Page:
Volume 30, Issue 1 p. 81-85
Original Paper
Free Access

Pelvic floor function in elite nulliparous athletes

J. A. Kruger

Corresponding Author

J. A. Kruger

Department of Sport and Exercise Science, University of Auckland, Auckland, New Zealand

Department of Sport and Exercise Science, Tamaki Campus, Auckland University, P.O. Box 92019, Auckland, New ZealandSearch for more papers by this author
H. P. Dietz

H. P. Dietz

Western Clinical School, Nepean Clinical School, University of Sydney, Penrith, NSW, Australia

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B. A. Murphy

B. A. Murphy

Department of Sport and Exercise Science, University of Auckland, Auckland, New Zealand

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First published: 22 June 2007
Citations: 102



There is preliminary evidence linking long-term participation in high-impact exercise with poor performance in labor and increased incidence of stress urinary incontinence, which may be due to altered pelvic floor function. Recent work has shown that HIFIT (high-impact, frequent intense training) athletes have an increased cross-sectional area of the levator ani muscle group as visualized using magnetic resonance imaging (MRI). The aim of this study was to further characterize pelvic floor muscle function and pelvic organ descent in a nulliparous athletic population and compare it with non-athletic controls matched for age and body mass index, using three-dimensional/four-dimensional (3D/4D) pelvic floor ultrasound imaging.


In this prospective comparative study translabial ultrasound imaging was used to assess pelvic floor anatomy and function in 46 nulliparous female volunteers (aged 19–39 years), 24 HIFIT and 22 controls. Two-dimensional (2D) and 3D translabial ultrasonography was performed on all subjects, after voiding and in the supine position. Descent of the pelvic organs was assessed on maximum Valsalva maneuver, whilst volume datasets were acquired at rest, during pelvic floor muscle contraction and during a Valsalva maneuver. Participants performed each maneuver at least three times and the most effective was used for evaluation.


HIFIT athletes showed a higher mean diameter of the pubovisceral muscle (0.96 cm vs. 0.70 cm, P < 0.01), greater bladder neck descent (22.7 mm vs. 15.1 mm, P = 0.03) and a larger hiatal area on Valsalva maneuver (21.53 vs. 14.91 cm2, P = 0.013) compared with the control group. There were no significant differences in hiatal area at rest or on maximal voluntary contraction between the two groups.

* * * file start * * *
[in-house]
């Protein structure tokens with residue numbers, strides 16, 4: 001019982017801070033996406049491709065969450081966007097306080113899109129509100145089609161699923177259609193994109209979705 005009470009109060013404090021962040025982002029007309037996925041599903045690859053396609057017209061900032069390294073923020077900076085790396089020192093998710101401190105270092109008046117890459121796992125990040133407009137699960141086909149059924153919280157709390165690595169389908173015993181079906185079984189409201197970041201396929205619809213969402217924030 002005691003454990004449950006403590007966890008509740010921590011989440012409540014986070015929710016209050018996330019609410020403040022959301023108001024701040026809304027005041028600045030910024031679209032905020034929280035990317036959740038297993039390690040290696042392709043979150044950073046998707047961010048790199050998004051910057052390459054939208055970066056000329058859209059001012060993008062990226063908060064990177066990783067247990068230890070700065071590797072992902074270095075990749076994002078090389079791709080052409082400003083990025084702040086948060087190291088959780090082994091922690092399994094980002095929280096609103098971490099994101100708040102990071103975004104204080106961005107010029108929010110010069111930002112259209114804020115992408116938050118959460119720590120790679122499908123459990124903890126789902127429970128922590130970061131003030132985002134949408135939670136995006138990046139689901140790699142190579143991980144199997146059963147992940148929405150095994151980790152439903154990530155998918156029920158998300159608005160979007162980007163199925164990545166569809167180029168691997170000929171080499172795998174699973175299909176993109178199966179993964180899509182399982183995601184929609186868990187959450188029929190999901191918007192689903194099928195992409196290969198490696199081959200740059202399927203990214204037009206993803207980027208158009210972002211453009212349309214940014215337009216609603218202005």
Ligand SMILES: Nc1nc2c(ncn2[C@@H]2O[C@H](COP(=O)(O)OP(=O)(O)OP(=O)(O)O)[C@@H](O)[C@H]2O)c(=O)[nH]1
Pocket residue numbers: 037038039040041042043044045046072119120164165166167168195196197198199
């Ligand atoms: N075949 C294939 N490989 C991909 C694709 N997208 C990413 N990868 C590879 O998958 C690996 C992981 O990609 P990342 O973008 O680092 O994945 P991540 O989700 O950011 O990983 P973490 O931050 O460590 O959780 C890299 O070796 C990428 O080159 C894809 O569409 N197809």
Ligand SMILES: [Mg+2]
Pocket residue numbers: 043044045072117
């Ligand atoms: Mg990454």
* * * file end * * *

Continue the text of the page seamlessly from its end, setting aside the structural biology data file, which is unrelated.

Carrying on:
HIFIT athletes show significant differences in several of the measured parameters for both function and anatomy of the pelvic floor. Further research into the impact of this altered function on childbirth and continence mechanisms is needed. Copyright © 2007 ISUOG. Published by John Wiley & Sons, Ltd.


The role of pelvic floor muscles in supporting the pelvic organs, continence and childbirth has been investigated in several studies1-3. Changes in the function and morphology of the pelvic floor following vaginal delivery, incontinence and prolapse have been demonstrated using magnetic resonance imaging (MRI) and, more recently, three-dimensional (3D) ultrasound imaging4-7. Several authors have suggested that high impact (landing) sport may lead to the development of stress incontinence in nulliparous women who have competed for prolonged periods8-11, suggesting that there may be a functional change in the pelvic floor muscles of highly athletic women. Additionally there is preliminary evidence to suggest that some women undergoing high-impact, frequent intense training (HIFIT) have unexpected difficulties during delivery, which may be attributable to changes in pelvic floor muscles12. It is possible that repeated high impact landing leads to alterations in pelvic floor morphology and function. Sapsford and Hodges13 have shown that the muscles of the pelvic floor are co-activated with the abdominal muscles, particularly transversus abdominis, during exercise or increases in intra-abdominal pressure. The abdominal muscles contract to stabilize the torso during limb movements and landing. Therefore, it is highly probable that the pelvic floor would be activated during landing in athletes involved in high-impact sport.

‘Levator ani’ is the collective term used to describe the deep muscles of the pelvic floor. The levator ani consists primarily of the striated muscles pubococcygeus, puborectalis and iliococcygeus14. As there is some controversy about the nomenclature for the muscles of the pelvic floor, for the purposes of this paper we have adopted the terms defined by DeLancey1, whereby ‘pubovisceralis muscle’ is used to represent both the musculus pubococcygeus and musculus puborectalis, as these two muscles cannot be differentiated when using ultrasound or MRI. The levator hiatus is defined as the area bounded by the pubovisceralis muscle laterally and dorsally and the inferior pubic rami anteriorly.

Although it is known that long-term resistance training causes hypertrophy of skeletal muscle15, very little research has been done on the effects of long-term, high-impact training on the function and morphology of the muscles of the pelvic floor in elite female athletes.